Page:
Insurance premiums going up as IAG books bumper profit

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Insurance Australia Group boss Nick Hawkins says the company will lift premiums in the year to come, blaming rising inflation, reinsurance costs and the possibility of natural disasters, while signalling a profit of up to $1.4 billion for the next financial year.

The company behind insurance brands NRMA and CGU, among others, is the latest insurer to signal climate change as an industry risk that is pushing up premiums.

IAG chief executive Nick Hawkins said the bulk of the insurer’s gross written premiums would be through premium increases.Credit: Dominic Lorrimer

“The 2023 financial year was another significant ‘perils’ year, and we saw the devastating impacts of multiple large-scale events across Australia and New Zealand on our customers and communities,” Hawkins said, noting a 26 per cent rise in its natural disaster allowance to $1.1 billion for the 2024 financial year.

The results showed IAG’s home insurance premiums have risen about 20 per cent a year on average, while premiums for car insurance have gone up by about 15 per cent.

Despite posting net profit of $832 million, up 140 per cent, Hawkins said IAG’s underlying insurance margin shrank from 14.6 per cent in the previous year to 12.6 per cent in the 2023 financial year. “Elevated inflation in home and motor claims costs, as well as the higher natural perils allowance”, were driving factors, he said.

However, Hawkins said motor insurance costs had “definitely moderated” in the second half of the financial year. “We’re still expecting inflation in the 2024 financial year between 5 and 10 per cent, so it’s higher than average, but it’s moderated from where we were last year.”

Shares in IAG fell 0.6 per cent to $5.80 a share on Monday, despite the company declaring a dividend of 9¢ a share, up from 5¢ a year ago.

IAG’s gross written premium – a combined measure of premiums and volume of insurance policies – grew 10.6 per cent over the year, mainly driven by increased premiums.

While new customer growth has slowed down in the second half, Hawkins said retention remained strong at about 90 and 95 per cent for DIA’s motor and home insurance, respectively.

For the year ahead, Hawkins said he expected low double-digit growth in gross written premiums. “The bulk of that will be through pricing,” he said. That should deliver an insurance profit of $1.2 billion to $1.45 billion, up from $803 million, IAG said.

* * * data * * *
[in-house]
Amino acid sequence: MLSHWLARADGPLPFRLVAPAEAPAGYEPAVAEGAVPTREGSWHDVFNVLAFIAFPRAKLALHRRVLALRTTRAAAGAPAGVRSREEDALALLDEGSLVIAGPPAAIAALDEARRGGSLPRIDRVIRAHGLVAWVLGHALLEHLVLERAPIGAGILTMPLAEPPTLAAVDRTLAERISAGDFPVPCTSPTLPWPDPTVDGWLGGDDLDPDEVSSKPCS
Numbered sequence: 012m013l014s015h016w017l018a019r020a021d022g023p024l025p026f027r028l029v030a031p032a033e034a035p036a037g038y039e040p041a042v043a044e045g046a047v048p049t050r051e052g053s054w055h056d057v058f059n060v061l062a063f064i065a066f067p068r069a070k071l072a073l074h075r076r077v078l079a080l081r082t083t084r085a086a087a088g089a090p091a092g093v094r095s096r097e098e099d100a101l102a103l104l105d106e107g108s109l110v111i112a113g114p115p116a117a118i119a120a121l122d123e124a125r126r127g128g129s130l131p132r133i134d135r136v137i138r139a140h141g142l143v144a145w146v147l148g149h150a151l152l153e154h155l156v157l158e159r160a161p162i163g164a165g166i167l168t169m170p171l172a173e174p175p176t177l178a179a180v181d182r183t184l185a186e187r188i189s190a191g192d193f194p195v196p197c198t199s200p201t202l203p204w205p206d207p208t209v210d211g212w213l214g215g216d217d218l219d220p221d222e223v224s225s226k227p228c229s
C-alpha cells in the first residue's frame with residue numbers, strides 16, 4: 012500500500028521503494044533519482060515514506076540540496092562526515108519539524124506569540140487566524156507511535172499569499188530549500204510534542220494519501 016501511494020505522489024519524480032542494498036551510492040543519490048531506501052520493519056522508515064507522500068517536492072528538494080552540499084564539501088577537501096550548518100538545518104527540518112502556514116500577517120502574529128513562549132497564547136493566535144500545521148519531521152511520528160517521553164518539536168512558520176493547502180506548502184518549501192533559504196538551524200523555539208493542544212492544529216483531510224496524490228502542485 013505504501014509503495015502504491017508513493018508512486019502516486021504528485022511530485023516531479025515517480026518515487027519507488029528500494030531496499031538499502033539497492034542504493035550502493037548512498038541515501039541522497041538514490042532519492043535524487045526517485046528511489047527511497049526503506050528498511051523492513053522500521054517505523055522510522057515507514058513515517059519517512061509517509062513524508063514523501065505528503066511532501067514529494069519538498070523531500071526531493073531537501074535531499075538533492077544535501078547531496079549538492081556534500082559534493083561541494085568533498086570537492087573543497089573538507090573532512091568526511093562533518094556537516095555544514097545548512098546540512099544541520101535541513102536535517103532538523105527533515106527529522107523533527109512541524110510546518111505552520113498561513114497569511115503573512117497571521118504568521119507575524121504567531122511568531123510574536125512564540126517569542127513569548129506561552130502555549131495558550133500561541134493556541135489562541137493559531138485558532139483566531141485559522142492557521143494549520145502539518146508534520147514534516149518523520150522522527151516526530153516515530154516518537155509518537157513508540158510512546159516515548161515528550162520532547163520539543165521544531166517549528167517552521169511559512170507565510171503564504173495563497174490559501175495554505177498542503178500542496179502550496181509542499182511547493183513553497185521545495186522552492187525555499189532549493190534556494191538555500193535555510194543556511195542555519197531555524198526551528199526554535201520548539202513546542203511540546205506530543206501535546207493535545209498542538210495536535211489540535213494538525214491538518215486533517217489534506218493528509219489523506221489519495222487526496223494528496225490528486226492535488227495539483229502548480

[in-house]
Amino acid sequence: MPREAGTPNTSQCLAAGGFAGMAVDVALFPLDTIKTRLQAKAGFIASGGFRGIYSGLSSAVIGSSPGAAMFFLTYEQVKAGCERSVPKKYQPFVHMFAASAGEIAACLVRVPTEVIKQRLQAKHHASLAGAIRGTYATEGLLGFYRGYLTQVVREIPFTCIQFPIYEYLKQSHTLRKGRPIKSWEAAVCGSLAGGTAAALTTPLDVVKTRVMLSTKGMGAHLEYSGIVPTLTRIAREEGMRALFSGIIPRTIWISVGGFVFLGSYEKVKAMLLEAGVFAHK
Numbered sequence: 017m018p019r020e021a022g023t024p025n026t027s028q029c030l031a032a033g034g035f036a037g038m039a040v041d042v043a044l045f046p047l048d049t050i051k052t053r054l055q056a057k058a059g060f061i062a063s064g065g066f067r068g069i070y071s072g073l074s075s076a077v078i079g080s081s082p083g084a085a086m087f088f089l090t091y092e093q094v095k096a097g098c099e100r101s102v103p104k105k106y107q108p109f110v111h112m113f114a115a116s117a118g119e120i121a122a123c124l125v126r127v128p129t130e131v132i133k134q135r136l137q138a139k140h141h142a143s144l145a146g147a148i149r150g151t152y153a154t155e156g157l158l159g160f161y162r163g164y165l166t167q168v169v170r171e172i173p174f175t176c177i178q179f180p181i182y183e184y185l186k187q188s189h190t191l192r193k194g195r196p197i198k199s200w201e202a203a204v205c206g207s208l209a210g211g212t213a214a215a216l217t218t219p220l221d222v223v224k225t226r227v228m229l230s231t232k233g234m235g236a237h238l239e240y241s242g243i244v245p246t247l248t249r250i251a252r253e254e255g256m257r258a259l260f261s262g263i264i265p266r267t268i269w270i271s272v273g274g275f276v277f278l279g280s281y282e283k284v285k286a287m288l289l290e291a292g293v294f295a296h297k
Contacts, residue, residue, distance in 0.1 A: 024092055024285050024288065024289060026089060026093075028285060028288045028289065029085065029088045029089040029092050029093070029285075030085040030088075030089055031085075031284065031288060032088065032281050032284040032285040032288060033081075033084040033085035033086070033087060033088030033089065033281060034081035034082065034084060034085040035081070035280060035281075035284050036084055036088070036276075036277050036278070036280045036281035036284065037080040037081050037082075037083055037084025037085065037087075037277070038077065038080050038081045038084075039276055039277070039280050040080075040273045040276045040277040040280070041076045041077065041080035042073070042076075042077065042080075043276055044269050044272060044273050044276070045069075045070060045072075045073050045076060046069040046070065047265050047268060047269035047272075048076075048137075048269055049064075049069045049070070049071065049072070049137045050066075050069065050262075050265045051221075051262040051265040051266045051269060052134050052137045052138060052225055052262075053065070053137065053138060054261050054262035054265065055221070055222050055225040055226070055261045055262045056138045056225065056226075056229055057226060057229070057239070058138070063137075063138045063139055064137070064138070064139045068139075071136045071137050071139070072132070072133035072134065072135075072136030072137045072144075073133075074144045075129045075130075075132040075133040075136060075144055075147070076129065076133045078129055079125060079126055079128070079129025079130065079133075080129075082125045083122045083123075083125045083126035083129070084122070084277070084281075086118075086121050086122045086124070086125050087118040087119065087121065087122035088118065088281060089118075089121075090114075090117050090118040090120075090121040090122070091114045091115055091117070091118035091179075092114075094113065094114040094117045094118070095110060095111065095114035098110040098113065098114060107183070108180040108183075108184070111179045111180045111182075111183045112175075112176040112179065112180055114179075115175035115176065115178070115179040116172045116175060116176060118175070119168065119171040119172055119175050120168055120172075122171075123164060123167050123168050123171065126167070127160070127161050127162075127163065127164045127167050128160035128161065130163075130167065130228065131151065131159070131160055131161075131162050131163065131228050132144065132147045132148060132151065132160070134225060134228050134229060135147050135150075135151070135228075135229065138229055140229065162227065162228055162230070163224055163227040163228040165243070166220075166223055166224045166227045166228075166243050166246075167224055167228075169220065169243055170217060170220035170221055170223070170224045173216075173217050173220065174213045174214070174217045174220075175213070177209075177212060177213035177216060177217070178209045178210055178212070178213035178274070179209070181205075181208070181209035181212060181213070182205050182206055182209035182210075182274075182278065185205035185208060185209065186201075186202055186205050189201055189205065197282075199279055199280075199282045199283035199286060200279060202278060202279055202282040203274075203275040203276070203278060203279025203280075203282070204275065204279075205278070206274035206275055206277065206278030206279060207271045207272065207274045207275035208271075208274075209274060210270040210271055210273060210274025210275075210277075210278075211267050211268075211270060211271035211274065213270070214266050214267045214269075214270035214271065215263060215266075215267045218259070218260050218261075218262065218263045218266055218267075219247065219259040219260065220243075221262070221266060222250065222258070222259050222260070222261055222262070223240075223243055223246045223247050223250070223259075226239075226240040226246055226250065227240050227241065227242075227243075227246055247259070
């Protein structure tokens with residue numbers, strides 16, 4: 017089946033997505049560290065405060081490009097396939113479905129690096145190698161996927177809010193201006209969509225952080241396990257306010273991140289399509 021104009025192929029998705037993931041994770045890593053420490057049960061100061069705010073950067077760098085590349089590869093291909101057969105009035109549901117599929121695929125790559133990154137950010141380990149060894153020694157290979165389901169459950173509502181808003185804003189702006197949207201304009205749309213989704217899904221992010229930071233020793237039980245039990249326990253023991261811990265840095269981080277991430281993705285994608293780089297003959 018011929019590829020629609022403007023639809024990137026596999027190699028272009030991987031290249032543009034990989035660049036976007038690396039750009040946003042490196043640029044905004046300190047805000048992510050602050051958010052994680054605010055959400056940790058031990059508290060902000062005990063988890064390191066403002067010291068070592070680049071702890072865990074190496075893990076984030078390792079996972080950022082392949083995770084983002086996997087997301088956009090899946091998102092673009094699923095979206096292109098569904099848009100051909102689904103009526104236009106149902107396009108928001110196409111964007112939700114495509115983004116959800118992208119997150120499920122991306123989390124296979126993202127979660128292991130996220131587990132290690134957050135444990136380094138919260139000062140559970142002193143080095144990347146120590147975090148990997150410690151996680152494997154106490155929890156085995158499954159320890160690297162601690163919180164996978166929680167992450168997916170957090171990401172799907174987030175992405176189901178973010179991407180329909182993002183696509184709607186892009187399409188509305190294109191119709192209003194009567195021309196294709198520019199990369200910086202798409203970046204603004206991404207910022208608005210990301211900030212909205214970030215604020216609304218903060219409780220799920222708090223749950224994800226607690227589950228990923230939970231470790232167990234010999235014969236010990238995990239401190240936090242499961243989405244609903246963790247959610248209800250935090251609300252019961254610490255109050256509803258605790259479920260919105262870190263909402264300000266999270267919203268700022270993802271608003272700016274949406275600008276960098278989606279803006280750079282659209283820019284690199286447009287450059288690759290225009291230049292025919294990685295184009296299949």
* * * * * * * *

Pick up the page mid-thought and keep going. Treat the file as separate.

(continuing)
Australian Council of Trade Unions (ACTU) assistant secretary Joseph Mitchell criticised IAG’s profits, saying it was “beyond the pale to expect hardworking Australians to continue to cop increases to life’s essentials just to have big business creaming from the top”.

Hawkins said IAG was trying to balance the affordability of its products with the risks it was taking on. “We definitely recognise it’s a tough time for people and businesses,” he said. “Unfortunately, the expectation is increased frequency and severity of large events. We need to reflect that in pricing.”

The cost of perils and reinsurance has risen by about 50 per cent from 13¢ to the dollar in 2016 to about 20¢ to the dollar now, Hawkins said, which was incorporated into IAG’s pricing.

He also said IAG needed a strong balance sheet because it was an “economic shock absorber” for consumers, businesses and the country. “We provide a promise to our customers to protect them in times of need and pay claims, and we need to be financially strong to deliver on this promise.”

Hawkins said some of the insurer’s costs would probably come down over time, with both the Australian and New Zealand governments “pretty focused” on reducing inflation, but that reinsurance costs could continue to rise.

UBS analyst Scott Russell said IAG’s earnings, dividend and insurance profit were below market expectations, but the insurer’s underlying margin looked good, with solid gross written premium growth guidance.

Citi analyst Nigel Pittaway said IAG’s result was “a little disappointing in a few areas” and the company’s share price performance would depend on investors’ willingness to look beyond the result to the potential growth ahead.

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